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UBC Theses and Dissertations

Written corrective feedback and writing performance : a study of the effects of learner preferences on accuracy development of Iranian English language learners Farhad, Jafari Basmenj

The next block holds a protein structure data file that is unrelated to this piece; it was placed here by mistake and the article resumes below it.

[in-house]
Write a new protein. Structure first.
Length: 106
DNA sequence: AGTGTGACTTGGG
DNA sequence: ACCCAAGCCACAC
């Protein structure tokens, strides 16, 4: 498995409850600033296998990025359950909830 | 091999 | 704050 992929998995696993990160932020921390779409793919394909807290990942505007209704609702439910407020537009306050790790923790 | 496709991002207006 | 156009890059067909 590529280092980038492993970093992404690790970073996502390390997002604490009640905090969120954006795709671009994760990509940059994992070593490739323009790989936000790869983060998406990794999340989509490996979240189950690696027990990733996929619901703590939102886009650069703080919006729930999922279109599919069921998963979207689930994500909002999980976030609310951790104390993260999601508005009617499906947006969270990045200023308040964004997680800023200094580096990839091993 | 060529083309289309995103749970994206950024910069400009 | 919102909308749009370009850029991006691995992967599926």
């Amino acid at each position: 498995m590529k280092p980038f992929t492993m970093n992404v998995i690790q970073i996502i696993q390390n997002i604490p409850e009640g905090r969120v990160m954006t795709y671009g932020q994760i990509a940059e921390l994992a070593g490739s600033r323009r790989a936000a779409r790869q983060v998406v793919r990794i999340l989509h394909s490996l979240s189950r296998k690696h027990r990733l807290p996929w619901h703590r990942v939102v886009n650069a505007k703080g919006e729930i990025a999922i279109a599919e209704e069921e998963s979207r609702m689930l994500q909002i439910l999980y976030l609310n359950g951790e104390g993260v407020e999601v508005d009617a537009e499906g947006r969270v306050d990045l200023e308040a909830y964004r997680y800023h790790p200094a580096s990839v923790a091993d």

Written corrective feedback (WCF) is defined as language teachers’ responses to the appropriateness or accuracy of students’ writing in second language production (Li & Vuona, 2019). Although written corrective feedback (WCF) has been investigated through different lenses, the relation between learner preference to the explicitness of WCF and their performance in writing is scarce in the literature. This quasi-experimental study aims to bridge this gap by studying the impact of learner feedback preference on writing accuracy in text revision in the EFL context in Iran. Sample for this study included intermediate-level students (N=15) from an English language institute. Learner feedback preferences to either direct or indirect feedback were collected through a questionnaire. The same group of students were then asked to complete two writing tasks and received a different type of feedback each time. For the first task, the students received their unfavored feedback type (the type that they did not like) and revised their writings in the classroom. For the second task, the written feedback was adjusted according to their preferred types. The revision was done in the classroom after each feedback cycle. The error ratios of writings and revisions in both sessions were calculated and compared. The results of the paired samples t-test between the error ratio reductions show that there is a significant difference between two sessions of feedback. The large effect size (Hedges’ g=0.87) indicates that the provision of feedback according to learner preferences may have a positive impact on writing performance of language learners. The study has important implications for writing instruction in the EFL context.

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